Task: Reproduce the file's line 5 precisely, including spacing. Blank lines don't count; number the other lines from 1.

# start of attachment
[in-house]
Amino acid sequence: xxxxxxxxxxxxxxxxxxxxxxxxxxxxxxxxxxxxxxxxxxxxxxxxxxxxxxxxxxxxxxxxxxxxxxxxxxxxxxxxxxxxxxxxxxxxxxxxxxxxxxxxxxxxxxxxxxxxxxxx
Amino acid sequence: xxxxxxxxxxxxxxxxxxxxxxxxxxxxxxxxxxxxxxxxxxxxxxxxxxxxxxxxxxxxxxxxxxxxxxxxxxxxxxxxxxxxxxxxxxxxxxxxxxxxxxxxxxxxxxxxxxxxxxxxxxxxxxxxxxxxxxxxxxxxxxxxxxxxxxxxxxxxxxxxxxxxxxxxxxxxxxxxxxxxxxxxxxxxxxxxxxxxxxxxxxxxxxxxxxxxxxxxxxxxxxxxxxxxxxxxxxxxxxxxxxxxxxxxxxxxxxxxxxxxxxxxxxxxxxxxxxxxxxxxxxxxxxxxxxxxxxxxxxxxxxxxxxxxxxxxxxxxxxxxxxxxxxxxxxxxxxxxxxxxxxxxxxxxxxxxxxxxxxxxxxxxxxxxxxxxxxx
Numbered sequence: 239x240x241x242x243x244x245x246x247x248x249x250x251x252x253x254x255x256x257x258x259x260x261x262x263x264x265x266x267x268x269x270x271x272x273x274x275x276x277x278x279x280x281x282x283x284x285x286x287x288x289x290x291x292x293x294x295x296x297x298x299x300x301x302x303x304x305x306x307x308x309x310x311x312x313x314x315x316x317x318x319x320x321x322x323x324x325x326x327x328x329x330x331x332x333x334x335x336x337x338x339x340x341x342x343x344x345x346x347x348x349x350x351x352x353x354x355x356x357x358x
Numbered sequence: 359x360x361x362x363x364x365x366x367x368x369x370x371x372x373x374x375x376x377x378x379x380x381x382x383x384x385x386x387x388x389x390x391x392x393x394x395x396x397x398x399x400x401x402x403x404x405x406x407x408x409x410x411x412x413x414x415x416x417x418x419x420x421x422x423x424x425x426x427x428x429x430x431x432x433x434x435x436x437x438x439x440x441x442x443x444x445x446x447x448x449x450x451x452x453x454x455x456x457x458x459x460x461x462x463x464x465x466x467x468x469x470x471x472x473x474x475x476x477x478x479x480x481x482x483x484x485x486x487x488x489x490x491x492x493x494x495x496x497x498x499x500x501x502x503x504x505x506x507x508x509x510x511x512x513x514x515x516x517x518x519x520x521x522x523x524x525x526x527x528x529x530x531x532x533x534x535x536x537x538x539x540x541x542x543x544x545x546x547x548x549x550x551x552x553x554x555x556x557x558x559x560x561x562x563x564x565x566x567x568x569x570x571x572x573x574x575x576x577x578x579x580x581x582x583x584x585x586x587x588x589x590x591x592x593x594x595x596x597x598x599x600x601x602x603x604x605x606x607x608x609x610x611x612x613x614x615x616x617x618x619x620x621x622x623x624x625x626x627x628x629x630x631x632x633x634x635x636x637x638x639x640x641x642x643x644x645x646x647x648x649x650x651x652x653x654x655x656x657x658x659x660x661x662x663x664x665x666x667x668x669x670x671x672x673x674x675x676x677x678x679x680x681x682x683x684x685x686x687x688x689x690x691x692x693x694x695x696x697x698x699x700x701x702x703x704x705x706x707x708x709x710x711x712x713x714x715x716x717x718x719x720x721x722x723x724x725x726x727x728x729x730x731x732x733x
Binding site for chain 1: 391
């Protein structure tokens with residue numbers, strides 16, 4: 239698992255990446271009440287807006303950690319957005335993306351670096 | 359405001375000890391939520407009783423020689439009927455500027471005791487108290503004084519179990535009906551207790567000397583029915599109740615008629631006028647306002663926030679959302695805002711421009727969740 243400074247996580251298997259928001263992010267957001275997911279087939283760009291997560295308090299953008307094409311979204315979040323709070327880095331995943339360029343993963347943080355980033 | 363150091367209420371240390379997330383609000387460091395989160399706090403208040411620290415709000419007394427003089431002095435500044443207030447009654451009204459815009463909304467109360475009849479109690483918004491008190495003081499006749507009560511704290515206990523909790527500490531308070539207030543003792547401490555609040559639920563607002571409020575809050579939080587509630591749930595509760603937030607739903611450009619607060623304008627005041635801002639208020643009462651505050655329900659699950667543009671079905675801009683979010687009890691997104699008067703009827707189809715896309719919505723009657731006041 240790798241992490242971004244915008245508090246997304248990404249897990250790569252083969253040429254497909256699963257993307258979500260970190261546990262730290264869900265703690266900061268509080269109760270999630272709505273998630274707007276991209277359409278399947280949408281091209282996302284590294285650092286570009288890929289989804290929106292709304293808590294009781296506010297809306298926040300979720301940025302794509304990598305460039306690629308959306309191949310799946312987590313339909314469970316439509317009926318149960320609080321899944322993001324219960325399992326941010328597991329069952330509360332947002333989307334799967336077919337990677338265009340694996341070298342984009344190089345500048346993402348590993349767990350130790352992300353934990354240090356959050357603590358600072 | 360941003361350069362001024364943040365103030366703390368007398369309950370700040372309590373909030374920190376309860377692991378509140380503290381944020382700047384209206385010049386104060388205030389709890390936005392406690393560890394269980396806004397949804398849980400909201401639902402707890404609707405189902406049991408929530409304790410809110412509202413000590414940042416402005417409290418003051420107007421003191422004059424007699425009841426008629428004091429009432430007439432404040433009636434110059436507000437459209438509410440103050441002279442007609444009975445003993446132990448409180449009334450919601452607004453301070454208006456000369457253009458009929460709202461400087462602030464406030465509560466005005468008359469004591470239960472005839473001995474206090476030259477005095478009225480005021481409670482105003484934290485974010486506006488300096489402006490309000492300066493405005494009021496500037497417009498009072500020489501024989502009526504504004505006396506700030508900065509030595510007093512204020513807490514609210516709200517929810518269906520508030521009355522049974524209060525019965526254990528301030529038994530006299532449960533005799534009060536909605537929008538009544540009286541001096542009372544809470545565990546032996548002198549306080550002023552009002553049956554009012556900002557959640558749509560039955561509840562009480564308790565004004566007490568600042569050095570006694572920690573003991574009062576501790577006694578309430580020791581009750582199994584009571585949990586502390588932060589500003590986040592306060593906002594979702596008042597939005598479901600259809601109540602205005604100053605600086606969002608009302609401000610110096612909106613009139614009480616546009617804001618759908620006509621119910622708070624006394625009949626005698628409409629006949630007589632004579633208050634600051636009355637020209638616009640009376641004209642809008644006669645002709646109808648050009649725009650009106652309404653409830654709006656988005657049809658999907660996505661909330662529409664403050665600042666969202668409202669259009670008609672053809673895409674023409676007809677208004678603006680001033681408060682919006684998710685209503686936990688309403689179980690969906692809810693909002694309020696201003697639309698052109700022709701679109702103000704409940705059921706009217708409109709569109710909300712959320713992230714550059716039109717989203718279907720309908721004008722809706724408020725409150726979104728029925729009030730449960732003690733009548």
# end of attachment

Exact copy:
Numbered sequence: 359x360x361x362x363x364x365x366x367x368x369x370x371x372x373x374x375x376x377x378x379x380x381x382x383x384x385x386x387x388x389x390x391x392x393x394x395x396x397x398x399x400x401x402x403x404x405x406x407x408x409x410x411x412x413x414x415x416x417x418x419x420x421x422x423x424x425x426x427x428x429x430x431x432x433x434x435x436x437x438x439x440x441x442x443x444x445x446x447x448x449x450x451x452x453x454x455x456x457x458x459x460x461x462x463x464x465x466x467x468x469x470x471x472x473x474x475x476x477x478x479x480x481x482x483x484x485x486x487x488x489x490x491x492x493x494x495x496x497x498x499x500x501x502x503x504x505x506x507x508x509x510x511x512x513x514x515x516x517x518x519x520x521x522x523x524x525x526x527x528x529x530x531x532x533x534x535x536x537x538x539x540x541x542x543x544x545x546x547x548x549x550x551x552x553x554x555x556x557x558x559x560x561x562x563x564x565x566x567x568x569x570x571x572x573x574x575x576x577x578x579x580x581x582x583x584x585x586x587x588x589x590x591x592x593x594x595x596x597x598x599x600x601x602x603x604x605x606x607x608x609x610x611x612x613x614x615x616x617x618x619x620x621x622x623x624x625x626x627x628x629x630x631x632x633x634x635x636x637x638x639x640x641x642x643x644x645x646x647x648x649x650x651x652x653x654x655x656x657x658x659x660x661x662x663x664x665x666x667x668x669x670x671x672x673x674x675x676x677x678x679x680x681x682x683x684x685x686x687x688x689x690x691x692x693x694x695x696x697x698x699x700x701x702x703x704x705x706x707x708x709x710x711x712x713x714x715x716x717x718x719x720x721x722x723x724x725x726x727x728x729x730x731x732x733x